Magazine article UN Chronicle

Text Deploring Downing of Libyan Planes Vetoed in Security Council; United States Calls It 'Self-Defense.' (Vetoed by United States, United Kingdom and France)

Magazine article UN Chronicle

Text Deploring Downing of Libyan Planes Vetoed in Security Council; United States Calls It 'Self-Defense.' (Vetoed by United States, United Kingdom and France)

Article excerpt

Three permanent members of the Security Council-the United States, the United Kingdom and France-on 11 January vetoed a draft resolution by which the Council would have deplored the downing on 4 January of two Libyan reconnaissance planes by the armed forces of the United States. The Council would have also called upon the United States to "suspend its military manoeuvres off the Libyan coast in order to contribute to the reduction of tension in the area".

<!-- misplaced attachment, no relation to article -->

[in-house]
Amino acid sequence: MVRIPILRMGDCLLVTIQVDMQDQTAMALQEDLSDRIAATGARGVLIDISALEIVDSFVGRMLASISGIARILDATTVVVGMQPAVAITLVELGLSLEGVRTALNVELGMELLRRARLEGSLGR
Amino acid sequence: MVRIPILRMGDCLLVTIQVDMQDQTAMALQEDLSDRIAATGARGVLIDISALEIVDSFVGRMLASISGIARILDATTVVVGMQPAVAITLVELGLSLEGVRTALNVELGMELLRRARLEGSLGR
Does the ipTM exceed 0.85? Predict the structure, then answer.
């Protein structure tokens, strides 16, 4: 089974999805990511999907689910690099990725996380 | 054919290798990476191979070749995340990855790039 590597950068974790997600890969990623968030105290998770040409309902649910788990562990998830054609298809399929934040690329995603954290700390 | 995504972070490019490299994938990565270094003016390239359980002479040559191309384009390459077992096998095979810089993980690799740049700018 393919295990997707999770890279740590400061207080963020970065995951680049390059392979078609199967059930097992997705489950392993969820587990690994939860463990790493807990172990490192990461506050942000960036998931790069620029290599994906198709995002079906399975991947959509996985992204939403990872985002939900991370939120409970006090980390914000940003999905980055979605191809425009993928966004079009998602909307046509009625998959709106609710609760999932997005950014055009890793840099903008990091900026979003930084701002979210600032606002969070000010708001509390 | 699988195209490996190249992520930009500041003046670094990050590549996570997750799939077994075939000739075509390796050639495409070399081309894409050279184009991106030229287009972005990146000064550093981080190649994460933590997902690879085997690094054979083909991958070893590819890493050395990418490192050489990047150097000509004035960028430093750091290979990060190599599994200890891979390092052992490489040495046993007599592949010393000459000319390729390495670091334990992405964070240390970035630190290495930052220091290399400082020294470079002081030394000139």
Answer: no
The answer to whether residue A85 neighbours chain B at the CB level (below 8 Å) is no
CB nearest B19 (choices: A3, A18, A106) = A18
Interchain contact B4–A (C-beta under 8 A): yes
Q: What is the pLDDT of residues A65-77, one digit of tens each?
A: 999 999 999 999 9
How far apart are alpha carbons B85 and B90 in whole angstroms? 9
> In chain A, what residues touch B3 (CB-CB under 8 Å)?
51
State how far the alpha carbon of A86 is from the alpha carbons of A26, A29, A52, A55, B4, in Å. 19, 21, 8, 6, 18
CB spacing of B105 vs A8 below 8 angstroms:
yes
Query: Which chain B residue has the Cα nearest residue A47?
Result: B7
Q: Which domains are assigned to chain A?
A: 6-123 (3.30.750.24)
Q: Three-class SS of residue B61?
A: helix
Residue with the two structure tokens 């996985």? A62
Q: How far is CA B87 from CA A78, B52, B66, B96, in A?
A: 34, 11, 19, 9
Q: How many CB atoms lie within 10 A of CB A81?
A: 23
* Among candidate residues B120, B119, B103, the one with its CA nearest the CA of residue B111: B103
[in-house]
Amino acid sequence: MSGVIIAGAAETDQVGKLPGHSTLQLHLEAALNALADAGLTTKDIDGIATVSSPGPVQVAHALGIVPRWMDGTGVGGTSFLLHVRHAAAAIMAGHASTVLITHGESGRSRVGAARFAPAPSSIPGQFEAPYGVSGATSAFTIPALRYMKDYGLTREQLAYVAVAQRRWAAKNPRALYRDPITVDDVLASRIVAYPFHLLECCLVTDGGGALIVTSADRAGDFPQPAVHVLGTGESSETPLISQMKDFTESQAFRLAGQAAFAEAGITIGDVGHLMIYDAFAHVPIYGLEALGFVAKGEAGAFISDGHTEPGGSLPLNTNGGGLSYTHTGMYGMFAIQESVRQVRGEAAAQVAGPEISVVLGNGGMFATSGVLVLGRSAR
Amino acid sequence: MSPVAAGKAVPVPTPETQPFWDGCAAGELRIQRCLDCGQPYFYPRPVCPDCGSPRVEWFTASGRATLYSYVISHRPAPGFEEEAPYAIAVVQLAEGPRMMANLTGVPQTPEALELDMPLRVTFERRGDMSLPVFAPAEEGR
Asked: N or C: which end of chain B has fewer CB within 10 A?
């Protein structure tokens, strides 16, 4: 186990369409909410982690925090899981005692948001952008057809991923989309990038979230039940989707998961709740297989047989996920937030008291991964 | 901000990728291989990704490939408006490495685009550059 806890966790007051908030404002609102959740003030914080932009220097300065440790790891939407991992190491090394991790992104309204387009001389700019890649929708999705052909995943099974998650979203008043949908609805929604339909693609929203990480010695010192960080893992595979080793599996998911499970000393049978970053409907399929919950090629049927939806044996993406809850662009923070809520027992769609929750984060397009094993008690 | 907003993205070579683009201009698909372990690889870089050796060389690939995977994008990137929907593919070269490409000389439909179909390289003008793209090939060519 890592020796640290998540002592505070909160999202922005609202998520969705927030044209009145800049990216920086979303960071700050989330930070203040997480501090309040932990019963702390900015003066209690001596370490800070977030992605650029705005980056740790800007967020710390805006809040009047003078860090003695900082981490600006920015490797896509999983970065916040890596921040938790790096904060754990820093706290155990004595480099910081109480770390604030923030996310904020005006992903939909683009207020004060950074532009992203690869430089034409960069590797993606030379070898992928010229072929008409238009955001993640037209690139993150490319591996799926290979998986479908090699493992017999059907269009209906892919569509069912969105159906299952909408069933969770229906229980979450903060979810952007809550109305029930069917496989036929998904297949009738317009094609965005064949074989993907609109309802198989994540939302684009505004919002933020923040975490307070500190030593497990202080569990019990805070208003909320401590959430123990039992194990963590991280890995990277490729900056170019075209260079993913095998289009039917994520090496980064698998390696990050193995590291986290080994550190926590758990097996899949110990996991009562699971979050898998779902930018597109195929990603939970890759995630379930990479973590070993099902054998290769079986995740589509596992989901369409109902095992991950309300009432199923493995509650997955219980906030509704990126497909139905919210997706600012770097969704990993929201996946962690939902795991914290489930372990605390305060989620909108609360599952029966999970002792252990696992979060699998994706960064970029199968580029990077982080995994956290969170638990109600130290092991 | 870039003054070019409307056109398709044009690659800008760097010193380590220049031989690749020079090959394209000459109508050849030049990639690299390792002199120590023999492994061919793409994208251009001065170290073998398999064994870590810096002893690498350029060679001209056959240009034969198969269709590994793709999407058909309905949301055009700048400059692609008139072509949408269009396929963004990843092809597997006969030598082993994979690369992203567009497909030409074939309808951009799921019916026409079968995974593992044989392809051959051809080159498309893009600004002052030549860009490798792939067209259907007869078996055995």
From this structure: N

The text (S/20378) also called upon all parties to "refrain from resorting to force, to exercise restraint in this critical situation and to resolve their differences by peaceful means" in keeping with the UN Charter. The United States and Libya would have been called upon to co-operate with the Secretary-General regarding a peaceful settlement of their differences.

The vote was 9 to 4, with 2 abstentions. Canada, a nonpermanent Council member, joined the three Western Powers in casting a negative vote. Brazil and Finland abstained. Voting for the draft were Algeria, China, Colombia, Ethiopia, Malaysia, Nepal, Senegal, USSR and Yugoslavia.

The United States said the clear purpose of the draft was to criticize the United States for actions, "taken in self-defence", that were entirely lawful and consistent with the Charter. Moreover, it contained language inconsistent with the principle of freedom of navigation in international waters.

France said it could not approve a text which appeared to be "insufficiently balanced"'

The United Kingdom regretted the 4 January incident, but upheld the freedom of ships and aircraft to operate in international waters and airspace and their inherent right to self-defence. …

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